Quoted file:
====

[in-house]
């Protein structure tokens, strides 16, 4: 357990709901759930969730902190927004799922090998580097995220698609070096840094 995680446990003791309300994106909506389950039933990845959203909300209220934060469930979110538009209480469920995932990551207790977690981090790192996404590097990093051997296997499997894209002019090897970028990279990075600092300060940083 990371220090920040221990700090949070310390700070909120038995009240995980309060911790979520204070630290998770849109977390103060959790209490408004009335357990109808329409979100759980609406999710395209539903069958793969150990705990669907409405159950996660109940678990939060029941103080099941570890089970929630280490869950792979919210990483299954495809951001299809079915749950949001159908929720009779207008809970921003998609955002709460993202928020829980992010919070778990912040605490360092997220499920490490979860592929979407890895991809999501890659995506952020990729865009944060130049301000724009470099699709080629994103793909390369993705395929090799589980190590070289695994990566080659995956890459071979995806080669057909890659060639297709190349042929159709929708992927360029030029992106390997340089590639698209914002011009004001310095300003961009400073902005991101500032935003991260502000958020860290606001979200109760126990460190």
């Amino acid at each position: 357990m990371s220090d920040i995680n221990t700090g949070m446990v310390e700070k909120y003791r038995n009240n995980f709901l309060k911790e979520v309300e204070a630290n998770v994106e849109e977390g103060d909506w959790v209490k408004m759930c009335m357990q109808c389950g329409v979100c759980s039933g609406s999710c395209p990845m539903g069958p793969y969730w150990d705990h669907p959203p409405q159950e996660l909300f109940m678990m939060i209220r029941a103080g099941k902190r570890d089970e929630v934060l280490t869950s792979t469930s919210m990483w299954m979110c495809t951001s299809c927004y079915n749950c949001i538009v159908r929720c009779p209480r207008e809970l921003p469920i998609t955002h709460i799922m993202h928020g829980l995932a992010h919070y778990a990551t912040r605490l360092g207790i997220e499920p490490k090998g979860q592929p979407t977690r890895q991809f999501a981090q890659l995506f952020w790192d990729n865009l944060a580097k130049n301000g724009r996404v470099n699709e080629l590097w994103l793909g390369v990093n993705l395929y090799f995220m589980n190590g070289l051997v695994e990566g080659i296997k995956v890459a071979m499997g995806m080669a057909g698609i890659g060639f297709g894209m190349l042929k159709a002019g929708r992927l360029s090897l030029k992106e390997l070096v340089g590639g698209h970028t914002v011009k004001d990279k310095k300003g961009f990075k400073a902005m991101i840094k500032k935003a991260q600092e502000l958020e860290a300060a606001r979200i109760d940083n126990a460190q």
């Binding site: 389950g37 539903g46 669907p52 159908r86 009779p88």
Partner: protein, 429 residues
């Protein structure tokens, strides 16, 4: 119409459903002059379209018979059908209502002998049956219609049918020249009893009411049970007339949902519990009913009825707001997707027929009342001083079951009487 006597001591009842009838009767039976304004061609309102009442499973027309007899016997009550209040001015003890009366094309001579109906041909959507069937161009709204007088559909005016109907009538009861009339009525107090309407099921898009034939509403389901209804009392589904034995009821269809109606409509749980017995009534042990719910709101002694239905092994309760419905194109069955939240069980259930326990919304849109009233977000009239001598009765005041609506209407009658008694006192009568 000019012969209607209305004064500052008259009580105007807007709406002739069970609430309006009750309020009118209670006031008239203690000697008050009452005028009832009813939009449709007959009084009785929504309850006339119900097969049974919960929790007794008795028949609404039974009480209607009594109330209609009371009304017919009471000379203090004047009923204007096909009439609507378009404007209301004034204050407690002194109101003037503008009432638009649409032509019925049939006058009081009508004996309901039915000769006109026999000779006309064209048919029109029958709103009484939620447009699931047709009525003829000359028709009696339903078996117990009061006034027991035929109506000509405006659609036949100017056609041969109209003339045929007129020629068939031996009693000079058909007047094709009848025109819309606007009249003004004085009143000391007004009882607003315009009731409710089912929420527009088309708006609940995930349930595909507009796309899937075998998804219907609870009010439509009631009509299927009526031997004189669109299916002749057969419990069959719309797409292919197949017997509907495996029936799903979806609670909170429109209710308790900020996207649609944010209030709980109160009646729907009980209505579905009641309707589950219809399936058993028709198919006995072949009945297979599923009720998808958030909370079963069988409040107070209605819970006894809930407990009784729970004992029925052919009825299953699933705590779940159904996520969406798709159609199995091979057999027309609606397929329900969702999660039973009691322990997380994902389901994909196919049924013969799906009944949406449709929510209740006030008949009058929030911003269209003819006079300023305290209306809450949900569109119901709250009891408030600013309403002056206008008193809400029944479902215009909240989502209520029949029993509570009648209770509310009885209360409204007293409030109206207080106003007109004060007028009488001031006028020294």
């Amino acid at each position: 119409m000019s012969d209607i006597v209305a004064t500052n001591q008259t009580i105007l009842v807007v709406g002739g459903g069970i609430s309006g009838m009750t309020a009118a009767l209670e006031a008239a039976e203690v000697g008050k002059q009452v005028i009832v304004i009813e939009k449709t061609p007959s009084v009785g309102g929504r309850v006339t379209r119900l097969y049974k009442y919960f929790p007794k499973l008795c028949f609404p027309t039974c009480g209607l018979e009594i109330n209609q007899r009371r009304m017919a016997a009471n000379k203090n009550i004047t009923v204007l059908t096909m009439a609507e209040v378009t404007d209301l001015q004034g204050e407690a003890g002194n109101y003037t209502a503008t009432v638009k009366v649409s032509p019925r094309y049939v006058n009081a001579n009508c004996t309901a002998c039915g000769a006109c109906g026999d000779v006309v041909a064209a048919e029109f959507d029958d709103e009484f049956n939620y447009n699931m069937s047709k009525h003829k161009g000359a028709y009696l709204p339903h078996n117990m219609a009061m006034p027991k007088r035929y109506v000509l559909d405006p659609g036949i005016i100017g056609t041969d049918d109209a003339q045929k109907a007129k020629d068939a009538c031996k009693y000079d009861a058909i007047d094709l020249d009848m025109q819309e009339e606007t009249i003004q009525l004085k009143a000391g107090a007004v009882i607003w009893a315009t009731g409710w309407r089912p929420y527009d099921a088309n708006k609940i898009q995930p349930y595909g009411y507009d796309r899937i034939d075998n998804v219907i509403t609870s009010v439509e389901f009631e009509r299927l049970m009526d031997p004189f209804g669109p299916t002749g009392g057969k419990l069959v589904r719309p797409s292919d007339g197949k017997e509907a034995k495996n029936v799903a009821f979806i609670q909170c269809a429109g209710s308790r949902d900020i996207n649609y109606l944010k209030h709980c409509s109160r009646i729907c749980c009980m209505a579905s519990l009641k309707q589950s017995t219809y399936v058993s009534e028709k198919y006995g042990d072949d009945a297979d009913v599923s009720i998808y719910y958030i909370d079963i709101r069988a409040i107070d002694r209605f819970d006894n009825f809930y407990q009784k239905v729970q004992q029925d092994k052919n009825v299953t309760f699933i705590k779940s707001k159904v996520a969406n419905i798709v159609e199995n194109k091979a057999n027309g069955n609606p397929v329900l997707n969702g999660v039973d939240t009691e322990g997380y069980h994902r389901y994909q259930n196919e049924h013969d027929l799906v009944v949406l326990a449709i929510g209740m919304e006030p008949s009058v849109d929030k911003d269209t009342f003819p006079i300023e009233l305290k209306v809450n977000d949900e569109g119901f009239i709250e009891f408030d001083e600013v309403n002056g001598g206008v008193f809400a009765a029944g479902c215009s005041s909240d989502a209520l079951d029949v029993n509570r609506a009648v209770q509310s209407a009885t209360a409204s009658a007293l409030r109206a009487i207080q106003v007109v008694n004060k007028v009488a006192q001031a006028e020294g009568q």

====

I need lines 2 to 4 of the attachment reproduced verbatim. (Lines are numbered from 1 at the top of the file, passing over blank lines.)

């Protein structure tokens, strides 16, 4: 357990709901759930969730902190927004799922090998580097995220698609070096840094 995680446990003791309300994106909506389950039933990845959203909300209220934060469930979110538009209480469920995932990551207790977690981090790192996404590097990093051997296997499997894209002019090897970028990279990075600092300060940083 990371220090920040221990700090949070310390700070909120038995009240995980309060911790979520204070630290998770849109977390103060959790209490408004009335357990109808329409979100759980609406999710395209539903069958793969150990705990669907409405159950996660109940678990939060029941103080099941570890089970929630280490869950792979919210990483299954495809951001299809079915749950949001159908929720009779207008809970921003998609955002709460993202928020829980992010919070778990912040605490360092997220499920490490979860592929979407890895991809999501890659995506952020990729865009944060130049301000724009470099699709080629994103793909390369993705395929090799589980190590070289695994990566080659995956890459071979995806080669057909890659060639297709190349042929159709929708992927360029030029992106390997340089590639698209914002011009004001310095300003961009400073902005991101500032935003991260502000958020860290606001979200109760126990460190």
């Amino acid at each position: 357990m990371s220090d920040i995680n221990t700090g949070m446990v310390e700070k909120y003791r038995n009240n995980f709901l309060k911790e979520v309300e204070a630290n998770v994106e849109e977390g103060d909506w959790v209490k408004m759930c009335m357990q109808c389950g329409v979100c759980s039933g609406s999710c395209p990845m539903g069958p793969y969730w150990d705990h669907p959203p409405q159950e996660l909300f109940m678990m939060i209220r029941a103080g099941k902190r570890d089970e929630v934060l280490t869950s792979t469930s919210m990483w299954m979110c495809t951001s299809c927004y079915n749950c949001i538009v159908r929720c009779p209480r207008e809970l921003p469920i998609t955002h709460i799922m993202h928020g829980l995932a992010h919070y778990a990551t912040r605490l360092g207790i997220e499920p490490k090998g979860q592929p979407t977690r890895q991809f999501a981090q890659l995506f952020w790192d990729n865009l944060a580097k130049n301000g724009r996404v470099n699709e080629l590097w994103l793909g390369v990093n993705l395929y090799f995220m589980n190590g070289l051997v695994e990566g080659i296997k995956v890459a071979m499997g995806m080669a057909g698609i890659g060639f297709g894209m190349l042929k159709a002019g929708r992927l360029s090897l030029k992106e390997l070096v340089g590639g698209h970028t914002v011009k004001d990279k310095k300003g961009f990075k400073a902005m991101i840094k500032k935003a991260q600092e502000l958020e860290a300060a606001r979200i109760d940083n126990a460190q």
């Binding site: 389950g37 539903g46 669907p52 159908r86 009779p88």